The Trump Administration wants to free up NASA’s budget by withdrawing funding for the International Space Station as soon as it is possible, namely in 2024. The plan is to free up resources for higher priority, deep space missions such as Mars. In doing so, however, the United States might lose invaluable opportunities to accomplish new science. It may also risk grounding American astronauts for years as there would be no other opportunities for them to leave Earth.

Construction of the Integrated Truss Structure over New Zealand. Credit: Wikimedia Commons.

Construction of the Integrated Truss Structure over New Zealand. Credit: Wikimedia Commons.

The news was reported by The Verge, which gained access to a draft budget proposal officially due to be released on February 12th. Insiders suggest that the directive will make it to the final proposal, which will nevertheless have to be passed by Congress.

Every year, NASA spends $3-4 billion on the International Space Station, a massive collaborative effort of which the United States has always been a part of. Since the project’s inception, NASA has spent more than $87 billion on the ISS and related missions. All that money was put to good use enabling NASA and partners to perform novel science while also sustaining commercial activities.

The space station is a home in orbit for up to six people. Astronauts have lived in space every day since the year 2000, performing research that could not be done on Earth otherwise. Over 100 science experiments have been performed on the ISS, ranging from bone studies to materials research. Over the years, the US government has also been able to dock spacecraft with the space lab or launch satellites into orbit from there.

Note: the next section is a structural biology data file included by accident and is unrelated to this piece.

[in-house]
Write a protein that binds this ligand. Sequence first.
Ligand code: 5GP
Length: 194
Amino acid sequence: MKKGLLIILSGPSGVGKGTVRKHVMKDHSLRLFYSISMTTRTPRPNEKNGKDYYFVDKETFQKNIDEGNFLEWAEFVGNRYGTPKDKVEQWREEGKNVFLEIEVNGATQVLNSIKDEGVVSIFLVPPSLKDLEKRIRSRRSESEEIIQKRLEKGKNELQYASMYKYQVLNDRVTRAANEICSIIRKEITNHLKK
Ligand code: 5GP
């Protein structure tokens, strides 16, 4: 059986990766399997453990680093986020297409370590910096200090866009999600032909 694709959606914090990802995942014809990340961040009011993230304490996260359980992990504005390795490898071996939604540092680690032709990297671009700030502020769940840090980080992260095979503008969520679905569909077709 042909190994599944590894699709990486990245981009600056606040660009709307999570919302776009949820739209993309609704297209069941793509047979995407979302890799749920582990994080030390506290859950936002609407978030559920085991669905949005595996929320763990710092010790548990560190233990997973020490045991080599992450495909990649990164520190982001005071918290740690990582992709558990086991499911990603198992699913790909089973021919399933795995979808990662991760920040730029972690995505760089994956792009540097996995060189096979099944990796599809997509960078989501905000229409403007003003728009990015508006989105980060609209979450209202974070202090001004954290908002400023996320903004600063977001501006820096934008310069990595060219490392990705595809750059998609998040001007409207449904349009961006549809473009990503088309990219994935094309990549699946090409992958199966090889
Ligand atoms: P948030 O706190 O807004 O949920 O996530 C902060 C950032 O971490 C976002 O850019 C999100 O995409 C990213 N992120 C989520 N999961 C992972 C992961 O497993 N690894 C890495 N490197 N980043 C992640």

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Thanks to the ISS, we’ve come to learn, for instance, that microgravity causes significant changes in the human body and biology. Weightlessness seems to alter brain structure, switches on and off genes, impairs vision, and causes muscle atrophy.

Recognizing the value of the country’s involvement with the ISS, in 2014, the Obama Administration extended funding up to 2024. From that date onward, it’s no longer clear if the US will remain on board with the project, however. In fact, judging from recent information, this current Presidential Administration isn’t keen at all continuing with this deal. In 2028, the International Space Station will reach the end of its operational lifetime.

Since he came to office, President Trump has set forth directives which direct NASA to focus on sending American boots back on the moon but also build an outpost on the lunar surface. The base would serve as a stepping stone towards the far grander goal of landing people on Mars.

The White House wants to achieve these goals, all while keeping NASA’s budget flat over the coming years. Since the money has to come from somewhere, cutbacks have to be made, and the ISS looks like a good place to start, in the minds of some politicians at least.

Canceling America’s involvement with the ISS could end up doing far more harm than good. When the Space Shuttle program was canceled in 2011, NASA hoped that private companies would take up the reins and soon come up with a replacement. SpaceX and Boeing did indeed step forward but to this day they’ve yet to send people to the space lab on their spacecraft. Instead, hundreds of millions have been flowing to the Russians whose Soyuz rockets have exclusively taken care of all manned flights to the station. Also, canceling funding to the ISS to save money for some perceived grander goal could keep American astronauts grounded for more than a decade before they have the chance to fly on a ‘fancy’ deep space mission.

Another important consequence that doesn’t bode well for the country is that private American space companies will no longer have the opportunity to test their technology and perform missions. In the long-run, this will hurt American competitiveness. And none the least, by canceling its involvement in such a symbolic international collaboration can only send the wrong message to partners and allies around the world.